Going fully remote in 2022.
Starting February 2022 we will be a fully remote digital product studio. We have terminated the lease for our office space in Berlin that we had for close to four years now and are now collaborating completely virtual. Is this the metaverse everyone is talking about?
Why did we decide to go fully remote?
Throughout the pandemic, we had to adjust the way we are working together, just like everyone else: we all started working from home. No more team lunches, which usually were the best part of the working day, no more quick brainstorming sessions. In the beginning, everything felt a bit slower and even forced: you sometimes even had to schedule calls with your teammates. What a shit show.
But we soon figured out there are some upsides to the way we were operating, we simply had to adjust our tools and processes for it. There's a feeling of calm and clarity to be unveiled in remote work. A way of getting things done more efficiently. Working remotely facilitates deep work and makes it easy to focus when necessary – once we managed to tame all our digital tools.
We also started hiring remotely across Europe and tried to do that as fair and transparent as possible as we want every team member to feel like they are normally employed within Germany and experience the same benefits – a challenge in itself and probably worth another short article. With our current team set up, we are already partially remote by default, so going all-in didn't feel like much of a difference
For some, going remote is a financial decision, but the money we would have spent on the office isn't substantial considering our cash flow: it's less than 5% of our monthly costs, including utilities et al. So this isn't an economically driven decision, but a chance to work and live differently.
And lastly, it also feels relieving to free up real estate. The market is completely fucked and if we are being honest with ourselves, we don't need the space. We won't solve that issue, but having an office sitting empty for days on end just feels wrong.
There are downsides to going fully remote, too. Disclaimer: it may get a bit philosophical in here.
Async, but not ad-hoc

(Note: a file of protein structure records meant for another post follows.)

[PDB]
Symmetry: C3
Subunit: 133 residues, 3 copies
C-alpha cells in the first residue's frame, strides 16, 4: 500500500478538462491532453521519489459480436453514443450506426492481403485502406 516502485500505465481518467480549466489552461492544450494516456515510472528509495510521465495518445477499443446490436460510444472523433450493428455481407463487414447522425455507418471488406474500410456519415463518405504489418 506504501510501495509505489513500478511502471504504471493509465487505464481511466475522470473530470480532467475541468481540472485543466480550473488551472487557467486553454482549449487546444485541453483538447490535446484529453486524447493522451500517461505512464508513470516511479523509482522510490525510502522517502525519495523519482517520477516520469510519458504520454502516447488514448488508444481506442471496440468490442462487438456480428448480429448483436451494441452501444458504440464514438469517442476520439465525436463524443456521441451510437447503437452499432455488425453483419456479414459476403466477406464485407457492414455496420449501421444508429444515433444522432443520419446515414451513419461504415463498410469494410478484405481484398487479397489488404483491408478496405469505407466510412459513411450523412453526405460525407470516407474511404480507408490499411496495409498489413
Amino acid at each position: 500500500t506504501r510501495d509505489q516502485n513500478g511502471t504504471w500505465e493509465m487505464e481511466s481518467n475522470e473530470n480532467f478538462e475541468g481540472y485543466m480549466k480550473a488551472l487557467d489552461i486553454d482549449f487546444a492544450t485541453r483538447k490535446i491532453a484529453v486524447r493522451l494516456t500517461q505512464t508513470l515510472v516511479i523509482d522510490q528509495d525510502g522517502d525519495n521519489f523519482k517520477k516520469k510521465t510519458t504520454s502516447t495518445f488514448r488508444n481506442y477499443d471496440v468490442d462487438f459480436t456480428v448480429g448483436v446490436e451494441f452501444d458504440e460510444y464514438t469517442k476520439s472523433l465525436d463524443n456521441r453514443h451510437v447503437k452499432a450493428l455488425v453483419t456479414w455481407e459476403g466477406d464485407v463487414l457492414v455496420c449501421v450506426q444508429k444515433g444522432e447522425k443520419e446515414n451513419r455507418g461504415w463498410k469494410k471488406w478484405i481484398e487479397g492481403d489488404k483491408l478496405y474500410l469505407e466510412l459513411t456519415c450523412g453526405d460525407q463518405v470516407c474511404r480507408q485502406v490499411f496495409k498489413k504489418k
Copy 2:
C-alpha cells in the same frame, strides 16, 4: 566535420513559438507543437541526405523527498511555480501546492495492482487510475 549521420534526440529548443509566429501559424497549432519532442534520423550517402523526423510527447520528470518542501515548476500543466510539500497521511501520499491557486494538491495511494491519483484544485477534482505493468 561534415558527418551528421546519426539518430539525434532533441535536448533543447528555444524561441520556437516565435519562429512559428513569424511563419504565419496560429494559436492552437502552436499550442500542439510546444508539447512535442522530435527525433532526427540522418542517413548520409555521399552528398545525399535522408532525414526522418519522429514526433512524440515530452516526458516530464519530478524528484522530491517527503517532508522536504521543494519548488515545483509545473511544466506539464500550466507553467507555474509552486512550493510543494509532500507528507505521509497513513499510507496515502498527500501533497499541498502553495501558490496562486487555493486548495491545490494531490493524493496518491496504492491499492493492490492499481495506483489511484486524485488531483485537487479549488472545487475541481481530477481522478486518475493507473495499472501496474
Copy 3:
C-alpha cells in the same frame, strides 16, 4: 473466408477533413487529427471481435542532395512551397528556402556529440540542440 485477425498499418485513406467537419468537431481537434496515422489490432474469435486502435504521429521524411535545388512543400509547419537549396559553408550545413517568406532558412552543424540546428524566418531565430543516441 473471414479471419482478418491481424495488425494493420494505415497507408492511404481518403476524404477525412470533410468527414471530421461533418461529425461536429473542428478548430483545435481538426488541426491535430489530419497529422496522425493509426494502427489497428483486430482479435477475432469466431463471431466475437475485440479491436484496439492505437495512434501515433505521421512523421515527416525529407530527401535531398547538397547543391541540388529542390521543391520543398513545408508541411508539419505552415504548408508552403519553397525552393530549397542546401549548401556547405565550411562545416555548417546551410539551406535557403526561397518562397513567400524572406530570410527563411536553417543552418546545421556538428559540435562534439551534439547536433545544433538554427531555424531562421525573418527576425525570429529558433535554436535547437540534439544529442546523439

While adjusting to remote work our project approach was still a bit all over the place – while a developer was working on a certain project, a designer was working on a different one. So feedback loops and QA sessions were seen as interruptions and felt intrusive – it wasn't an integral part of our process yet.
We learned that remote collaboration works best when we form units that work on a project at the same time and are fully available. Ad-hoc calls are discouraged, availability is encouraged.
Every 3-day sprint starts with a short concept and alignment session so everyone is on board and knows what to work on. We work in parallel from the beginning: we define the scope and all get started working, designing and developing at the same time.
The increased speed of this approach is way higher than what we would have imagined and enables us to work in fast bursts with enough time to check-in and chat it up – or spend some time helping other colleagues.
Working remotely for us means staying at home way more than we'd usually do and this contributes to the feeling of every day being the same day all over again. Groundhog day is real, people.
Remember: you are not making memories sitting in front of your computer at home – there's a huge difference between interacting with people in real life versus online. We don't believe the metaverse will fix that, so we were looking for ways to improve the situation.
And actually, the solution is rather simple: work less, make memories outside of work. Where they should be made. We don't track time, we don't expect anyone to work longer than they need to to finish their jobs.
If you get your shit done in 6 hours, great, go out, enjoy the sun or the cold wind from the East blowing through the streets of Berlin. Do something. Taking a longer lunch break? Sure. Starting at 11? Why not. It's up to you to make the day memorable.